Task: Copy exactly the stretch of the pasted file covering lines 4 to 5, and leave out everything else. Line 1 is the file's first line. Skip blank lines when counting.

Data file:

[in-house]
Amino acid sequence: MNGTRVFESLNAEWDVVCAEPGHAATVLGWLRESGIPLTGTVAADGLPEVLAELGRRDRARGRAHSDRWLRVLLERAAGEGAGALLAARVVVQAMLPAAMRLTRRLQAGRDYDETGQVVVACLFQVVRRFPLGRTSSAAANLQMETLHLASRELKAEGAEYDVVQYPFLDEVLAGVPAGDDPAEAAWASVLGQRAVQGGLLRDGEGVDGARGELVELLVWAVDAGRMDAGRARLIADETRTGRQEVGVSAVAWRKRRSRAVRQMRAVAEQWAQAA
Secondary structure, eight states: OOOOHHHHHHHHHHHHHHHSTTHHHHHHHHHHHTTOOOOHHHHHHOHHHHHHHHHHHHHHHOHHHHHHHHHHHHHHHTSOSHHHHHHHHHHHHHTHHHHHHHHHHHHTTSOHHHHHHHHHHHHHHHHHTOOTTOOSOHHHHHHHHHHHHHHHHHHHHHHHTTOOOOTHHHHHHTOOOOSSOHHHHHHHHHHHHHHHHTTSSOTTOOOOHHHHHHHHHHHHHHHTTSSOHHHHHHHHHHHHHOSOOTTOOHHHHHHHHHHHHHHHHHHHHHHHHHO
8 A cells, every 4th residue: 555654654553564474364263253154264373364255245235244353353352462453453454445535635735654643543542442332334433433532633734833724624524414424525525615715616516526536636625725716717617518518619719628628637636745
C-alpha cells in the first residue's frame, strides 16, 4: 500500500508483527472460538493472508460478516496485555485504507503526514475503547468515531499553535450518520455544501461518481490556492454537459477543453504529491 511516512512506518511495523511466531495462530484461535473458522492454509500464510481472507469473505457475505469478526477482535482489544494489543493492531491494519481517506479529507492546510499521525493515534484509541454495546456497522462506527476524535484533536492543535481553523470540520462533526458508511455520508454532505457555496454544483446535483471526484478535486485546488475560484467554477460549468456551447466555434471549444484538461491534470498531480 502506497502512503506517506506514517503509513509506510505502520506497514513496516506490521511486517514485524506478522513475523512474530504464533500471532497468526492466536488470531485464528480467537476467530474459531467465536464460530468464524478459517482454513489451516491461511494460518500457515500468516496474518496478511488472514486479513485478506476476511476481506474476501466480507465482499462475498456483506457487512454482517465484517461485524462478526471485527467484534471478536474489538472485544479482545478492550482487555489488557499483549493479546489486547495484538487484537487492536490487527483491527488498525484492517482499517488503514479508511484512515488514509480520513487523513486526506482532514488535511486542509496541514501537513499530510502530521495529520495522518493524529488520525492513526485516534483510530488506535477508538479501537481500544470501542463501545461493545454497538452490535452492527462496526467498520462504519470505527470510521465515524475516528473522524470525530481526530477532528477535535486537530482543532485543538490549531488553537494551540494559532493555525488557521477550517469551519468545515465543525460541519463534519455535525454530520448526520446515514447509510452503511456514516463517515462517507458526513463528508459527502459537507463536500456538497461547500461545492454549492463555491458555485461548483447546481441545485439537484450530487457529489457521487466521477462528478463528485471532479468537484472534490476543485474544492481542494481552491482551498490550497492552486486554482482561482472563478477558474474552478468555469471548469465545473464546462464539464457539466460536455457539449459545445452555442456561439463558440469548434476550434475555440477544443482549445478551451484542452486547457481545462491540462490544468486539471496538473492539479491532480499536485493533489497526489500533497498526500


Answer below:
8 A cells, every 4th residue: 555654654553564474364263253154264373364255245235244353353352462453453454445535635735654643543542442332334433433532633734833724624524414424525525615715616516526536636625725716717617518518619719628628637636745
C-alpha cells in the first residue's frame, strides 16, 4: 500500500508483527472460538493472508460478516496485555485504507503526514475503547468515531499553535450518520455544501461518481490556492454537459477543453504529491 511516512512506518511495523511466531495462530484461535473458522492454509500464510481472507469473505457475505469478526477482535482489544494489543493492531491494519481517506479529507492546510499521525493515534484509541454495546456497522462506527476524535484533536492543535481553523470540520462533526458508511455520508454532505457555496454544483446535483471526484478535486485546488475560484467554477460549468456551447466555434471549444484538461491534470498531480 502506497502512503506517506506514517503509513509506510505502520506497514513496516506490521511486517514485524506478522513475523512474530504464533500471532497468526492466536488470531485464528480467537476467530474459531467465536464460530468464524478459517482454513489451516491461511494460518500457515500468516496474518496478511488472514486479513485478506476476511476481506474476501466480507465482499462475498456483506457487512454482517465484517461485524462478526471485527467484534471478536474489538472485544479482545478492550482487555489488557499483549493479546489486547495484538487484537487492536490487527483491527488498525484492517482499517488503514479508511484512515488514509480520513487523513486526506482532514488535511486542509496541514501537513499530510502530521495529520495522518493524529488520525492513526485516534483510530488506535477508538479501537481500544470501542463501545461493545454497538452490535452492527462496526467498520462504519470505527470510521465515524475516528473522524470525530481526530477532528477535535486537530482543532485543538490549531488553537494551540494559532493555525488557521477550517469551519468545515465543525460541519463534519455535525454530520448526520446515514447509510452503511456514516463517515462517507458526513463528508459527502459537507463536500456538497461547500461545492454549492463555491458555485461548483447546481441545485439537484450530487457529489457521487466521477462528478463528485471532479468537484472534490476543485474544492481542494481552491482551498490550497492552486486554482482561482472563478477558474474552478468555469471548469465545473464546462464539464457539466460536455457539449459545445452555442456561439463558440469548434476550434475555440477544443482549445478551451484542452486547457481545462491540462490544468486539471496538473492539479491532480499536485493533489497526489500533497498526500